The second we finished watching the incredible Ted Talk: ‘Why everything you know about autism is wrong,’ we immediately set about getting in touch with Dr Jac den Houting.


If ever there was a voice we wanted to hear more from, for our Autism Acceptance campaign, it was this one.


So we’re thrilled to be able to share with you our conversation on Equality, Equity and all things Acceptance.


Our writer, Lindsay Bruce, spoke to Jac.

L: thanks so much for taking the time to chat with us. Shall we get the formalities out of the way first?


J: Sure, my name is Dr Jac den Houting, but “Jac” is fine! I’m non-binary and use “they/them” pronouns.


L: Where are you from in the world Jac?


J: Australia! At the moment I live in Sydney and work at Macquarie University.


L: Jac can you tell us a bit about your journey with autism and diagnosis?


J: I’ve had some awareness of autism since I was a teenager, because one of my younger brothers was diagnosed as Autistic at that time.


I read quite a bit of information about autism as a young teenager, partly to help me understand my brother, but partly because I recognized Autistic traits in myself and wanted to know more. That was in the late ‘90s, though, when understanding of autism looked very different to what we have now. So although I recognized a lot of Autistic traits in myself, the “Rainman” stereotype of autism still very much dominated understanding of what it meant to be Autistic, and I never seriously entertained the idea that I might actually be Autistic myself.


It wasn’t until I was in my mid-20s that I came across information online about some of the alternative ways that autism can present, including things like “masking” Autistic traits.


As I read more about these newer understandings of autism, I realized that the descriptions fit me perfectly. I was able to pretty quickly arrange an appointment for a diagnostic assessment with a Clinical Psychologist who specialised in autism.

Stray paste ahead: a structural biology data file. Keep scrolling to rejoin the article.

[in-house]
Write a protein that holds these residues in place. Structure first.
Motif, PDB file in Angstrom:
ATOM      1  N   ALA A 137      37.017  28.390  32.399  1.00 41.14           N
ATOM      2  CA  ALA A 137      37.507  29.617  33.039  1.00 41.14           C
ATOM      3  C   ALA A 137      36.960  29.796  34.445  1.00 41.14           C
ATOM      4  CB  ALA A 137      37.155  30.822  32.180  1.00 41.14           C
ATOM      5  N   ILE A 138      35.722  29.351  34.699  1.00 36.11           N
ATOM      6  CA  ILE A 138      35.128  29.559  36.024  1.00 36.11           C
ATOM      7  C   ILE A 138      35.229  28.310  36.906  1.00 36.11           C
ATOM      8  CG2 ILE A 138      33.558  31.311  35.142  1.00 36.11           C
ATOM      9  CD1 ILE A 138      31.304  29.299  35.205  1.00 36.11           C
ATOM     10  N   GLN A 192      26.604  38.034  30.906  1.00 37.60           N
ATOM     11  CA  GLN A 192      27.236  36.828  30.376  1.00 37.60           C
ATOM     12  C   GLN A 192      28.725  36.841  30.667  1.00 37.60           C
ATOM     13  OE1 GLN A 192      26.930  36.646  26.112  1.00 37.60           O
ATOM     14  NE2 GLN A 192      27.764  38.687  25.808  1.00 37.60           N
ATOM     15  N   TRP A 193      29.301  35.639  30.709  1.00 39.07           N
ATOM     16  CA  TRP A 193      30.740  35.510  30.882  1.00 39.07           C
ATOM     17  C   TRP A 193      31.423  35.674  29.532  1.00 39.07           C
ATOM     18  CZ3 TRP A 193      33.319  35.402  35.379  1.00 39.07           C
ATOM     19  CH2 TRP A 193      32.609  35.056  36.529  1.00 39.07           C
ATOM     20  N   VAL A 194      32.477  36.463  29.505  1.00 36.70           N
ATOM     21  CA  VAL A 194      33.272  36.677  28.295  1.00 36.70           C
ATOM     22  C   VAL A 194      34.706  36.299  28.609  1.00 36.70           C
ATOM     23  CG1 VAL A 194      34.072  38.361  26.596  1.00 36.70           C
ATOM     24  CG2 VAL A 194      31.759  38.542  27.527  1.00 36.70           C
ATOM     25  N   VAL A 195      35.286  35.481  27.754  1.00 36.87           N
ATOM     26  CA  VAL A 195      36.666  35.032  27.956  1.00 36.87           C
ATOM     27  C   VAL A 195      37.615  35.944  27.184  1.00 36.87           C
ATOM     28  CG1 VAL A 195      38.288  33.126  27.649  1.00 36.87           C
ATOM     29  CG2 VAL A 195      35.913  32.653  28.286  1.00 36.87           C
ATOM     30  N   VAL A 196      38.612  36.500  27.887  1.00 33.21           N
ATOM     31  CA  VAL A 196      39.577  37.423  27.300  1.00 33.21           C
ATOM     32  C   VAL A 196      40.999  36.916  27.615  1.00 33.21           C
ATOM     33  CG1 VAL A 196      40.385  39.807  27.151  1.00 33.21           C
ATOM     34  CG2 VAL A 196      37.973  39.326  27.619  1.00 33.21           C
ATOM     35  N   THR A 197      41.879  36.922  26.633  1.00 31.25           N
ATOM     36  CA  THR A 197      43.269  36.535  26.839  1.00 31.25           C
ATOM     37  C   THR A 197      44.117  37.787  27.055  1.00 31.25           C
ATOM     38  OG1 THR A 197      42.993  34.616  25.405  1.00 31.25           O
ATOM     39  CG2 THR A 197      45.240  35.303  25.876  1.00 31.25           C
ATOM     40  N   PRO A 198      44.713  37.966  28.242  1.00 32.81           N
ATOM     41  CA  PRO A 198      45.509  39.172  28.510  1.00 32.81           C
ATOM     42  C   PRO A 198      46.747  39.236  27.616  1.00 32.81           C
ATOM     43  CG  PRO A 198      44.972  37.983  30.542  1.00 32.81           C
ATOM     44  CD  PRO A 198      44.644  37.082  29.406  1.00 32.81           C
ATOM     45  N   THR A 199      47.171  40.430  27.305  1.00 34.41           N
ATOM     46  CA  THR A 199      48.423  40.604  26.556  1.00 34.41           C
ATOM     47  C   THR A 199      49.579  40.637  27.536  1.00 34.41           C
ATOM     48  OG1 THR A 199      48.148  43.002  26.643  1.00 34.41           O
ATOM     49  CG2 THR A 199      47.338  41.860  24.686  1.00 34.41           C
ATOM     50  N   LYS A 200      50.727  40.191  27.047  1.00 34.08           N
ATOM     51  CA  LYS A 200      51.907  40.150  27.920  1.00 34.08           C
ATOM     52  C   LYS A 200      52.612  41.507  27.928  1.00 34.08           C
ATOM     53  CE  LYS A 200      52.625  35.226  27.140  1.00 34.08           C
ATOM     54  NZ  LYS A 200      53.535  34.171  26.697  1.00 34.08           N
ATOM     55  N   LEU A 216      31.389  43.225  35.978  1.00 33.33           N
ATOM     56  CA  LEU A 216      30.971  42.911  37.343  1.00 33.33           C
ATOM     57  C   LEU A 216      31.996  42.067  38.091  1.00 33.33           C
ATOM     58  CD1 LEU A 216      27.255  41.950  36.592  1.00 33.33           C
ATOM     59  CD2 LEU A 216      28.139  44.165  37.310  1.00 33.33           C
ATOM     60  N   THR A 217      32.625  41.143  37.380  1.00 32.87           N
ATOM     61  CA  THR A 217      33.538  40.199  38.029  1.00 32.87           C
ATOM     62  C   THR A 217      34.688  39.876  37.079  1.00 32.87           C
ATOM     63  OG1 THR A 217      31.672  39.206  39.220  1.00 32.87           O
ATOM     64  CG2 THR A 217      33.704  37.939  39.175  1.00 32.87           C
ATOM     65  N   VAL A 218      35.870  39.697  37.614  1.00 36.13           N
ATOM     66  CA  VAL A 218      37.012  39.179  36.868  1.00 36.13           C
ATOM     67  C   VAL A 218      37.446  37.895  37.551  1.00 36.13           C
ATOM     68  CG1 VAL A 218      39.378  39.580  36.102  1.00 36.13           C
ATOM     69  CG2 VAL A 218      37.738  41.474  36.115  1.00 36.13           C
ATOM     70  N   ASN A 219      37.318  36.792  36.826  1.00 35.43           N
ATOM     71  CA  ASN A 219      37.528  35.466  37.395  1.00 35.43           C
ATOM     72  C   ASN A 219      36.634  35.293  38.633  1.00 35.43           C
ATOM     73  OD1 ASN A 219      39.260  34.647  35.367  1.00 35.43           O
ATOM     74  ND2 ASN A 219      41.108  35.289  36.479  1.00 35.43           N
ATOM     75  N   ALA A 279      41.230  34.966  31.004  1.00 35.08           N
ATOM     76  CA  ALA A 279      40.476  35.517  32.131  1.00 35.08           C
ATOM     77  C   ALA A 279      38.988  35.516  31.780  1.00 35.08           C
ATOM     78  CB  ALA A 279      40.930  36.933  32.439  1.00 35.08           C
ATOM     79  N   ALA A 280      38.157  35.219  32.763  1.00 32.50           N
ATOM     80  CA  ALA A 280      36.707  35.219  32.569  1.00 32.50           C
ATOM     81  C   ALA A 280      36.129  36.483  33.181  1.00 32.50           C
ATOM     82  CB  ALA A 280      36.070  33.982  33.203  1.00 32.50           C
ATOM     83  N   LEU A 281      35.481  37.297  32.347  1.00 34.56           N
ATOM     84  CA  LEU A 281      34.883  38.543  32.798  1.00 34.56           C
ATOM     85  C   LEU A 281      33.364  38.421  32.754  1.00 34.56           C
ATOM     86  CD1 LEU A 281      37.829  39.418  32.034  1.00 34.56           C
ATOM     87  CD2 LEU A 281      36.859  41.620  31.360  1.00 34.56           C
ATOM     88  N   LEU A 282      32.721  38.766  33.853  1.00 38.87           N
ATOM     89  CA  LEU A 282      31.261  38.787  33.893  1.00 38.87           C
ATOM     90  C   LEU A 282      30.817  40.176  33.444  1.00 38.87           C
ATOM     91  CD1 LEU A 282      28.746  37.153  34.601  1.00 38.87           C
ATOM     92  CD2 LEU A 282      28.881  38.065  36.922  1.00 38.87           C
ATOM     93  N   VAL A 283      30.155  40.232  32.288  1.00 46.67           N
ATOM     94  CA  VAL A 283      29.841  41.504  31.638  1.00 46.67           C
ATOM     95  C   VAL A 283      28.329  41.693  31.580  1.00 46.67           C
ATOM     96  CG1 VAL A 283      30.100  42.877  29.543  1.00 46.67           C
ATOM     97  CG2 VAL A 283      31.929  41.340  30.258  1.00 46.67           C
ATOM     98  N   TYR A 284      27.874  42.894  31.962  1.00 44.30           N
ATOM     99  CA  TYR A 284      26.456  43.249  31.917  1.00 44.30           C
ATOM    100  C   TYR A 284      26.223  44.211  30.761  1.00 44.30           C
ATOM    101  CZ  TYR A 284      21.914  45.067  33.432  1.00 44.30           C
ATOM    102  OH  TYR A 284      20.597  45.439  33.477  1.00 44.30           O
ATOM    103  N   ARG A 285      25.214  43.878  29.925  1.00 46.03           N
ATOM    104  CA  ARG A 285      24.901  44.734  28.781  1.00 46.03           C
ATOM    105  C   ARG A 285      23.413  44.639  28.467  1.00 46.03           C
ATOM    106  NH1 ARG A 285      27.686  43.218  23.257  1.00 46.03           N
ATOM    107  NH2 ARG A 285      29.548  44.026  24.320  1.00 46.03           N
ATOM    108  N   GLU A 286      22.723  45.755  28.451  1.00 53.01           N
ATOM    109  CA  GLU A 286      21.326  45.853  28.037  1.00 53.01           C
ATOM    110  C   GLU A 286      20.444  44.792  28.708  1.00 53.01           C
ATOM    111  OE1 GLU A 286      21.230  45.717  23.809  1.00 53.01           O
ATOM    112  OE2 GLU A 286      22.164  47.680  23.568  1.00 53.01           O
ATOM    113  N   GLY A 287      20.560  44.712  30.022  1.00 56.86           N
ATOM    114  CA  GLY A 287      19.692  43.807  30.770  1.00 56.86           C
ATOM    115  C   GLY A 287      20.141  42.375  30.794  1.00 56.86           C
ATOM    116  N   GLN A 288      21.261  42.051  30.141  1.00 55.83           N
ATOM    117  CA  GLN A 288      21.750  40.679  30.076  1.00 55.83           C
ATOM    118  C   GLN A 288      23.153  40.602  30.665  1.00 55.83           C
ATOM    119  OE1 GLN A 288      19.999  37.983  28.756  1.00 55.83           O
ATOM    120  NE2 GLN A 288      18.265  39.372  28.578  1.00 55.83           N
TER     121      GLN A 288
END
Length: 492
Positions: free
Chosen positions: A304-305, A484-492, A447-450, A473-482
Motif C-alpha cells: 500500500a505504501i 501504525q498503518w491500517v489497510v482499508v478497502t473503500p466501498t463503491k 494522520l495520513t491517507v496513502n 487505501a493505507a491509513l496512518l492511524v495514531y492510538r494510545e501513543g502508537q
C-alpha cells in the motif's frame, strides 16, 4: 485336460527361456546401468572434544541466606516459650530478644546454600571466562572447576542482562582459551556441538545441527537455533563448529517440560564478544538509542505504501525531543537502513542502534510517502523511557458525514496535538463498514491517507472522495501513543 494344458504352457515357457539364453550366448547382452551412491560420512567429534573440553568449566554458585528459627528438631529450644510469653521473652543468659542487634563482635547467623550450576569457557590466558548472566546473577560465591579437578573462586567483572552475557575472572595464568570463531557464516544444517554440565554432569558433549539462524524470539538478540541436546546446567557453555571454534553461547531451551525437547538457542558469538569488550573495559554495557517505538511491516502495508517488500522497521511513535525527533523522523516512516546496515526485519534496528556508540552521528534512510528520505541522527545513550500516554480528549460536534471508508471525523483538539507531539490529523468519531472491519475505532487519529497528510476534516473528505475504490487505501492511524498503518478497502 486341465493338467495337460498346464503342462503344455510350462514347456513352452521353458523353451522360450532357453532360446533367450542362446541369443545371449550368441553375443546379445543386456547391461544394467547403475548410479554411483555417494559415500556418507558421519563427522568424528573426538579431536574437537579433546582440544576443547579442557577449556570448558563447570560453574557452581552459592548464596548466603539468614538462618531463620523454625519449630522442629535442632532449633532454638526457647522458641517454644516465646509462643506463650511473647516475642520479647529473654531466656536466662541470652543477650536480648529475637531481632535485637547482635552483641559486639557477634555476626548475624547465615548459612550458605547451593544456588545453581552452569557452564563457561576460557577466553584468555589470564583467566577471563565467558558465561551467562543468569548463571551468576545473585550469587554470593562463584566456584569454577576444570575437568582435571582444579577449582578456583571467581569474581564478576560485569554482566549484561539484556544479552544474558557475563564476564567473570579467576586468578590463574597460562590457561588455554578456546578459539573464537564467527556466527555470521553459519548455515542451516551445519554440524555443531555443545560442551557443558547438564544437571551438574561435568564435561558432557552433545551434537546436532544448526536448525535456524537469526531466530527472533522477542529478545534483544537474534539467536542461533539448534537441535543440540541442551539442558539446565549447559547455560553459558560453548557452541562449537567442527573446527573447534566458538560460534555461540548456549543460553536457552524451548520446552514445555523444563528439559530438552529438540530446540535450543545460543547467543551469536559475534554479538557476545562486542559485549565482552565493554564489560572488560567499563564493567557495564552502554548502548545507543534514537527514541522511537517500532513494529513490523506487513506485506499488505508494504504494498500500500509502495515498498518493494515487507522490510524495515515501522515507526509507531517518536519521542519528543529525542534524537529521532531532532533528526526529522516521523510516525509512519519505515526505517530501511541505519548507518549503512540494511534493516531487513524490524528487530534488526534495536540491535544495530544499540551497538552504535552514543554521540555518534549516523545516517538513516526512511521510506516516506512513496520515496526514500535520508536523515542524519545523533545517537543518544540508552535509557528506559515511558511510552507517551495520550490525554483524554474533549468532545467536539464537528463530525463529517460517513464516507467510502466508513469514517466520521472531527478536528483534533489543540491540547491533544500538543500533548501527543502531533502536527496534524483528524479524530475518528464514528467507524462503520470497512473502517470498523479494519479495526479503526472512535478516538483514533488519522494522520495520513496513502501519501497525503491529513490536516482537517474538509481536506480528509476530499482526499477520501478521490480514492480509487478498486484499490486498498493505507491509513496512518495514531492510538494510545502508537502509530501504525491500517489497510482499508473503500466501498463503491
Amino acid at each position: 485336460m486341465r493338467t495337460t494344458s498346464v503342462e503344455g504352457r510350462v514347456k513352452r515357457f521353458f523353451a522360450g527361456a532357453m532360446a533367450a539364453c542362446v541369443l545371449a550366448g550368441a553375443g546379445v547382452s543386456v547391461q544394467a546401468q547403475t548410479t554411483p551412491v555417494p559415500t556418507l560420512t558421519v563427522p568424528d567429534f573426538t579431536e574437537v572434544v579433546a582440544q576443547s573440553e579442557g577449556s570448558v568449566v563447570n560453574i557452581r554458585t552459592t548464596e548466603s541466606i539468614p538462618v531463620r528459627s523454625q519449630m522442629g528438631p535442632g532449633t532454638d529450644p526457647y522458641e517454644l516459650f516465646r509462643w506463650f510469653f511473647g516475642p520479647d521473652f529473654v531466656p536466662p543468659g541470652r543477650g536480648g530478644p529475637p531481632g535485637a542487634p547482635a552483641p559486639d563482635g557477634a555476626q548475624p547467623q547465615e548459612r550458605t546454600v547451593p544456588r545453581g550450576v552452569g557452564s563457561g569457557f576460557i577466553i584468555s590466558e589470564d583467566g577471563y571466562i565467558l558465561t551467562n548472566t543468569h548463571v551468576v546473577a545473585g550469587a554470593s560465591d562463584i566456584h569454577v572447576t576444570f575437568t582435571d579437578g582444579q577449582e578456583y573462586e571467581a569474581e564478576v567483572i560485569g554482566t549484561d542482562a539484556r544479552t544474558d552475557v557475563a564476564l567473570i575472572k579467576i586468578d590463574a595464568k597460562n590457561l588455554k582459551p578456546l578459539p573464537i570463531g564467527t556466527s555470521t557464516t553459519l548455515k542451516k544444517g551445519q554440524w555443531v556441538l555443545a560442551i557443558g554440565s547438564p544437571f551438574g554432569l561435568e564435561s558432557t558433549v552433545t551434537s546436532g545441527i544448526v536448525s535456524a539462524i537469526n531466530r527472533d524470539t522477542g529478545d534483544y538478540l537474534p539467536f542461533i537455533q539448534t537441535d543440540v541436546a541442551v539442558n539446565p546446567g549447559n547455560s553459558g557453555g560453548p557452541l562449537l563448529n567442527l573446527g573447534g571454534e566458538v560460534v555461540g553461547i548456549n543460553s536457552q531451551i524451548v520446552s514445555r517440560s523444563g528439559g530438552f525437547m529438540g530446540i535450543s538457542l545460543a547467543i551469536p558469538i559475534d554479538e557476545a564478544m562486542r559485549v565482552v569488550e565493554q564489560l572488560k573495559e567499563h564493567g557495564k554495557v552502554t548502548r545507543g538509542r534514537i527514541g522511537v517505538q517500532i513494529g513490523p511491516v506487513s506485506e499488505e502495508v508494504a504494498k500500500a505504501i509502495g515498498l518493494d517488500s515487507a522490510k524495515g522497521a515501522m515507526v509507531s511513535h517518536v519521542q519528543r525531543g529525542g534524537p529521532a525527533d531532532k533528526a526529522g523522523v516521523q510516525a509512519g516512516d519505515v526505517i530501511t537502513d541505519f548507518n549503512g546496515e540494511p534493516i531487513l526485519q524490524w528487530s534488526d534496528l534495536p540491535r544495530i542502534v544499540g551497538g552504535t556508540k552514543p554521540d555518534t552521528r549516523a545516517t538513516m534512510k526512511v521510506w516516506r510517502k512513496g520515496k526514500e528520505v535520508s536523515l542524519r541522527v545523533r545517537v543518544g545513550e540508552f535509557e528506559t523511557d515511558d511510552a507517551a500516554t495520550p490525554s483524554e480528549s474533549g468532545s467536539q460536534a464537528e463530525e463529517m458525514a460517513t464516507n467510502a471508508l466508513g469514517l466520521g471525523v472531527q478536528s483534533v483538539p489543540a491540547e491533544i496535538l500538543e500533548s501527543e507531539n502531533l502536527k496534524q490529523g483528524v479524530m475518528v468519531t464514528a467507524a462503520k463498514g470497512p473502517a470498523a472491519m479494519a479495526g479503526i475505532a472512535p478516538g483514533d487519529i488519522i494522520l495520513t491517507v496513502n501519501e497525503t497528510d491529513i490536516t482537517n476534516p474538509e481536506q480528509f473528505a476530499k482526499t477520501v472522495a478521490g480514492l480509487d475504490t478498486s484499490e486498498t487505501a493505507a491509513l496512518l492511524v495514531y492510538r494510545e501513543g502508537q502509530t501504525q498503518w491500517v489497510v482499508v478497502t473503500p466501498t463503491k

For me, it felt important to have an official diagnosis, and I was lucky to be able to access it – for a lot of people, that isn’t the case.


L: So from that initial point of diagnosis, what have been the biggest changes to your views and worldview?


J: Finding out that I’m Autistic is easily the most important thing that’s happened to me in my life. It’s changed my entire perception of myself.


I’d gone through life up to that point always feeling like I was missing something, like there was some kind of “inside joke” that everyone else in the world understood and I didn’t.


I just never quite felt like I belonged or fit in.


Being identified as Autistic was, firstly, a huge relief because it explained those feelings for me. It helped me to realize that I wasn’t a weird or failed neurotypical person, I was a perfectly normal Autistic person.


More broadly, since finding out I’m Autistic and getting involved in autism advocacy, I’ve become very passionate about social justice. I’ve learned a lot about the disability rights movement, and the struggles faced by other minority and marginalised groups.